AURORA | Forget ancestry websites and crowded family reunions. This year’s Athena Festival will give Malarie Stafford-Mustacchio the chance to connect with family roots on her own creative terms.
The Aurora-based arts fest offered an unlikely platform to Stafford-Mustacchio, an 11-year-old Aurora girl and Centennial Christian Academy student. During the two-week event based at several venues in the Aurora Cultural Arts District, she’ll debut her first original play on a professional stage for a paying audience. That play will be all about the most bizarre, quirky and charming habits of her grandmother.
“She always wants us to write our wills,” said Stafford-Mustacchio, whose grandmother just happens to be former Aurora state Rep. Debbie Stafford. Stafford-Mustacchio’s grandmother also stays out late at night, swings on porch swings with abandon and seeks out the best sales. “She does a lot of stuff. I wanted to write a play about that.”
Her chance came through the Girls Write, an after-school program that’s partnering with this year’s Athena Festival. Stafford-Mustacchio will be one of the youngest of hundreds of artists involved in this year’s event, a two-week combination of theater, visual art, fashion, music and dance scheduled for several venues on East Colfax Avenue starting this weekend.
“It’s been very fun. It’s a very good experience,” said Stafford-Mustacchio, who’s also set to act in another new play that will debut during the festival. “I want to see (my play) in action and see it performed.”
Giving Stafford-Mustacchio that opportunity gets to the heart of what the Athena Festival is all about. Now in its second year, the event is devoted to featuring the work of female playwrights, painters, musicians, dancers, designers and other artists. During its brief history, the festival has already given a forum to local playwrights, fashion designers, folk singers and choreographers.
Founder and Athena Festival Executive Producer Angela Astle says it’s just the beginning of what she sees as a promising and vital local tradition. This year’s event will benefit from a larger budget of more than $20,000 (the Rocky Mountain College of Art and Design is a 2014 festival sponsor), as well as more artists and more art forms.
“Our five-year vision is to have each arts discipline as strongly represented as we represent theater. I feel like our theater program is the anchor,” said Astle, who also works as the literary director at the Aurora Fox arts center. “I’m proud of our growth just in the past year. The level of overall quality I’d say has gone up.”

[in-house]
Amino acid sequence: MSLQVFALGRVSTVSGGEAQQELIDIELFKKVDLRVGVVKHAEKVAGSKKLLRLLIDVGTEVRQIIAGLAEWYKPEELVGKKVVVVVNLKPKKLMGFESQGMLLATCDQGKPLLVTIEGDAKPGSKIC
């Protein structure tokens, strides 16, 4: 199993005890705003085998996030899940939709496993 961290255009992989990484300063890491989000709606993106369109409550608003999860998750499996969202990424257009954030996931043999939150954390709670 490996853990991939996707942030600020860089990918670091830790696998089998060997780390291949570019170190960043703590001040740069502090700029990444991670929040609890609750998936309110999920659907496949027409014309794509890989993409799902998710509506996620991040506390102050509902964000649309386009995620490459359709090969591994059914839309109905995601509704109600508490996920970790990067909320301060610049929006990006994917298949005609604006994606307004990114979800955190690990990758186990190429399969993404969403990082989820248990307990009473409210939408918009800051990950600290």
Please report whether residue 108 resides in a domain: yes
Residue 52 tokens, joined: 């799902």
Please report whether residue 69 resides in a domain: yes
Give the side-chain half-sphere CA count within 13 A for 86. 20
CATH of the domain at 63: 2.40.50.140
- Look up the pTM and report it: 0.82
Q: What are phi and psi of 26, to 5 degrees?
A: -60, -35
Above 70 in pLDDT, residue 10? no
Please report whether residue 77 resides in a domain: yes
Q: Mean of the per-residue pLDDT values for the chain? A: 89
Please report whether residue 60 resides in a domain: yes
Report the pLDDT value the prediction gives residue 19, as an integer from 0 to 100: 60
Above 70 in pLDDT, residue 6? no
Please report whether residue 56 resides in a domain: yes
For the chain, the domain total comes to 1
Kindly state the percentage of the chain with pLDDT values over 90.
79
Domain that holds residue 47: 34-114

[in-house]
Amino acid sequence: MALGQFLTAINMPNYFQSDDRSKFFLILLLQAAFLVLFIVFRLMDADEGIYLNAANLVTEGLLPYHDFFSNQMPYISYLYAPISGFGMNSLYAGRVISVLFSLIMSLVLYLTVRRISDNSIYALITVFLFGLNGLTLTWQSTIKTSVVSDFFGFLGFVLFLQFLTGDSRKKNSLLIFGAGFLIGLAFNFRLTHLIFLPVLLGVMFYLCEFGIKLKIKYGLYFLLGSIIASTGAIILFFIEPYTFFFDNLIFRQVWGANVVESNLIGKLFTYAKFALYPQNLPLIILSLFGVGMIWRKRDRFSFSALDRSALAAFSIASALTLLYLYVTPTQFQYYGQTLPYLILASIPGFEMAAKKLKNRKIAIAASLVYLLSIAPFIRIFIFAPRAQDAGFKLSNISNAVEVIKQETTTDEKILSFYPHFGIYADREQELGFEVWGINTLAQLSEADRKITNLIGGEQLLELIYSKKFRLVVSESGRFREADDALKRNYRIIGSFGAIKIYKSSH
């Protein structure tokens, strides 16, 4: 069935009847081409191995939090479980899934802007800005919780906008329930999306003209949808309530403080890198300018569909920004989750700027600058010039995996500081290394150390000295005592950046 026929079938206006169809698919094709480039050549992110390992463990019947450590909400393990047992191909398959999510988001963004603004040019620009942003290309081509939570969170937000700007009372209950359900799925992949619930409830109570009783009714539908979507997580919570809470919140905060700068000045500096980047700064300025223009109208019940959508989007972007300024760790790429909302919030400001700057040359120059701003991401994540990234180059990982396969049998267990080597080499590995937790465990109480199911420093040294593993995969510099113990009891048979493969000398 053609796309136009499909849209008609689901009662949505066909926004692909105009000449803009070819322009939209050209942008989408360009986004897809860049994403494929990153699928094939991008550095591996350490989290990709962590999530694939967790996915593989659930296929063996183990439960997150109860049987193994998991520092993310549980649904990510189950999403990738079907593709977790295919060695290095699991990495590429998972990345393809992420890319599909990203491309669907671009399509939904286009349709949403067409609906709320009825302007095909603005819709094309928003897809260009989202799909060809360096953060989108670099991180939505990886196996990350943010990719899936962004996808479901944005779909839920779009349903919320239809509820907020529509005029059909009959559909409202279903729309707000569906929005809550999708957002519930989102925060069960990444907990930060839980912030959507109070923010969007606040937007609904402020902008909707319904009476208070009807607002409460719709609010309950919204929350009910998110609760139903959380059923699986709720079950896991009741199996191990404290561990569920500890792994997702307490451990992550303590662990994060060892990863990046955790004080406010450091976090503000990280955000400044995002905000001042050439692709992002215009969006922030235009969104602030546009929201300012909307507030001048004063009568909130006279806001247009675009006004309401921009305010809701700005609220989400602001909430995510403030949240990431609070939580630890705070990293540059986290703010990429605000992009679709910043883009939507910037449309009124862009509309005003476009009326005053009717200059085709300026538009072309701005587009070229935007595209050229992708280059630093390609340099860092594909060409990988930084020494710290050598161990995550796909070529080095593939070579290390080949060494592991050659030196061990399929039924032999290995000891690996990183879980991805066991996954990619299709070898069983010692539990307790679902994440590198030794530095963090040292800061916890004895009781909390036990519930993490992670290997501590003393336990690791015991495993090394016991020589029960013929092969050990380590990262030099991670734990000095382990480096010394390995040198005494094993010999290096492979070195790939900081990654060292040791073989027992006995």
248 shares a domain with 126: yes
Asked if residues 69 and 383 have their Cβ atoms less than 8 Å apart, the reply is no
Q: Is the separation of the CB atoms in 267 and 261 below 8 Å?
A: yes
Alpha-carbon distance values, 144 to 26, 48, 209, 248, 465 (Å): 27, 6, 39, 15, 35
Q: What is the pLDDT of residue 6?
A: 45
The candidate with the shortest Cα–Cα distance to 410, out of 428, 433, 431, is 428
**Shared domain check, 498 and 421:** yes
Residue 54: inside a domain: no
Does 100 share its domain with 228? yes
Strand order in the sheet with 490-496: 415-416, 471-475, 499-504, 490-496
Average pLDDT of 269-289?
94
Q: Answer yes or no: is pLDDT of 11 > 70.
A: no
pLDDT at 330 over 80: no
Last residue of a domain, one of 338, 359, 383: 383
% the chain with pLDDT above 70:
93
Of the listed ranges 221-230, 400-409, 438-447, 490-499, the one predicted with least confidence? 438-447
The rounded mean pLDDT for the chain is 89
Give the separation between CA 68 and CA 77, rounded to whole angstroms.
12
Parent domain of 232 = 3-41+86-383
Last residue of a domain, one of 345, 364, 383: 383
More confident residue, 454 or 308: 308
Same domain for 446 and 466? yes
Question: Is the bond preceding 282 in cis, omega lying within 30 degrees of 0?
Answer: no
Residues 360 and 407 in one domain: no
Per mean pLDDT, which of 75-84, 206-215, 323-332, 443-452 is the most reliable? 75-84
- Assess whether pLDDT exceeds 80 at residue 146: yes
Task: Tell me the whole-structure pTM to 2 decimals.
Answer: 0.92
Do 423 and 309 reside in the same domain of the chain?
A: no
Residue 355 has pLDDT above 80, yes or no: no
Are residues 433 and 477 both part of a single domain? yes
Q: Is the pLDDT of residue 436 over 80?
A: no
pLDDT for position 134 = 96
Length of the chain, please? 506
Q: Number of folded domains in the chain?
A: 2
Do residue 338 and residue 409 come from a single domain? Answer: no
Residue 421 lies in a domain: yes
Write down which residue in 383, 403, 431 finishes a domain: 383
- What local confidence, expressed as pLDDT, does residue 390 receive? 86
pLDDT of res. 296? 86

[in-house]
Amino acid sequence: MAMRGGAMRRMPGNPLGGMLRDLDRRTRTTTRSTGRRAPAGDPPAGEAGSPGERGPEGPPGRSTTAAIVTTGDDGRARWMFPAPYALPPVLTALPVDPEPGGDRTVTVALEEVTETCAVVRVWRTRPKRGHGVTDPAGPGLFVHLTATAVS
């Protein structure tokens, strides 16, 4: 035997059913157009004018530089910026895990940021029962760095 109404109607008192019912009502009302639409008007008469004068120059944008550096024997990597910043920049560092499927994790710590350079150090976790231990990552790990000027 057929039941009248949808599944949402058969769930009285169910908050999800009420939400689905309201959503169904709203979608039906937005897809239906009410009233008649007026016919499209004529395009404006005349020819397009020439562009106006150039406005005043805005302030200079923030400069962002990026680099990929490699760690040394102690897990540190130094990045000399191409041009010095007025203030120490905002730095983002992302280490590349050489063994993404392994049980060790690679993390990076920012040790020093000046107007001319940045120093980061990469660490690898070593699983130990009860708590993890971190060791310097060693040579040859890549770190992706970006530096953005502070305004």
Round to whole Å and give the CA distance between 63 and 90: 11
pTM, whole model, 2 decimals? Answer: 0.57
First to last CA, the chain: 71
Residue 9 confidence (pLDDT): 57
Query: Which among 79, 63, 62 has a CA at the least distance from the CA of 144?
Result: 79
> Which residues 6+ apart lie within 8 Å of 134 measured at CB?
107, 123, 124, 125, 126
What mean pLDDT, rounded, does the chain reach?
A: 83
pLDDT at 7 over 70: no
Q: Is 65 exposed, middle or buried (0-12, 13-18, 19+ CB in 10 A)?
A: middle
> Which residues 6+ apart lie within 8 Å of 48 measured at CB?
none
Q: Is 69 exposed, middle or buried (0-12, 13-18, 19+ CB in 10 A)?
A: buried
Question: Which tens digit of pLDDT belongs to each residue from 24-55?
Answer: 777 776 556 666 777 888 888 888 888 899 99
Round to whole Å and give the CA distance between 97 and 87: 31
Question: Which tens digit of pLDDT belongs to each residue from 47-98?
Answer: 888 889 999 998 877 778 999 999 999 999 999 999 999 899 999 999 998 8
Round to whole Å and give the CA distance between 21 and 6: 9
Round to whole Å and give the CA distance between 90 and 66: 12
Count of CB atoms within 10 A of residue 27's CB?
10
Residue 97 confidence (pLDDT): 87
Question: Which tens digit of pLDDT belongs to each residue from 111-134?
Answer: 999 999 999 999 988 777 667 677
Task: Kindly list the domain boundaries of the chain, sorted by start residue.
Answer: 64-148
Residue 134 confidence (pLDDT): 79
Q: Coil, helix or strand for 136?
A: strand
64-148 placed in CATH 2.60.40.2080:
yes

The creative range has gone up, too. This year’s festival running March 14-30 at the Aurora Fox, the Kim Robards Dance Studio and the ACAD gallery at 1400 Dallas St. in the Aurora Cultural Arts District will feature 35 performances and work by more than 200 artists. That includes a performance art fashion show curated by local designer Caroline Smith, musical performances by local folk artist Angie Stevens and R&B artist SuCh and dance performances from the Kim Robards Dance Company, one of the newest arrivals in Aurora’s creative district.
In addition, the festival will feature the premiere of “Government Issued Long Johns,” a new show by local playwright Erin Wagoner.
The artistic range is what Astle had in mind since launching the festival as a platform for new theater three years ago. Astle always saw the event as a forum where female artists of all specialties could debut new work and have it judged on merit as opposed to connections to industry bigwigs in New York or Los Angeles. The Athena Fest is a venue where female playwrights, dancers, painters and designers don’t have to worry about having big-city references on their resumes.
That mission has brought its own blowback.
“For the most part, the response has been very positive. (But) I feel like we’re always walking that line of being judged of being sexist … and we’re not that at all,” Astle said, pointing to a marked lack of opportunities for female artists of all stripes. “It’s not effective to stand on a soap box and just say, ‘This is wrong.’ Let’s do something about it. Let’s shine the light on some really talented artists who happen to be female.”
The Girls Write component of this year’s festival is a perfect example of that philosophy, Astle adds. The “Girls Write Plays in Progress” workshop event will premiere six short plays by young female writers in the 6th to 9th grade, including Stafford-Mustacchio. According to her mother, Becky Mustacchio, the festival will offer her 11-year-old daughter a whole different kind of reach and freedom.
“She learned a lot from it. We know what it sounds like on paper, but to see it in action will be totally different,” said Beck Mustacchio, who shows up in the play as a major character. “Let’s hope they play my character right.”
The Athena Festival will run from March 14 to 30 at multiple venues in the Aurora Cultural Arts District on East Colfax Avenue. Highlights include the world premiere of “Government Issued Long Johns” by Erin Wagoner kicking off at 8 p.m. March 14 at the Aurora Fox, 9900 E. Colfax Ave.; the “Plays in Progress” series including new work by students in the Girls Write program running March 20 – 30 at the Aurora Fox; art gallery exhibitions featuring works by female visual artists at the ACAD Studio, 1400 Dallas St. and the Kim Robards Dance Studio, 9990 E. Colfax Ave.; and the Utopia/Dystopia Fashion Show at 8 p.m. March 26 at the Aurora Fox studio theater. Information and additional events: athenaprojectfestival.org.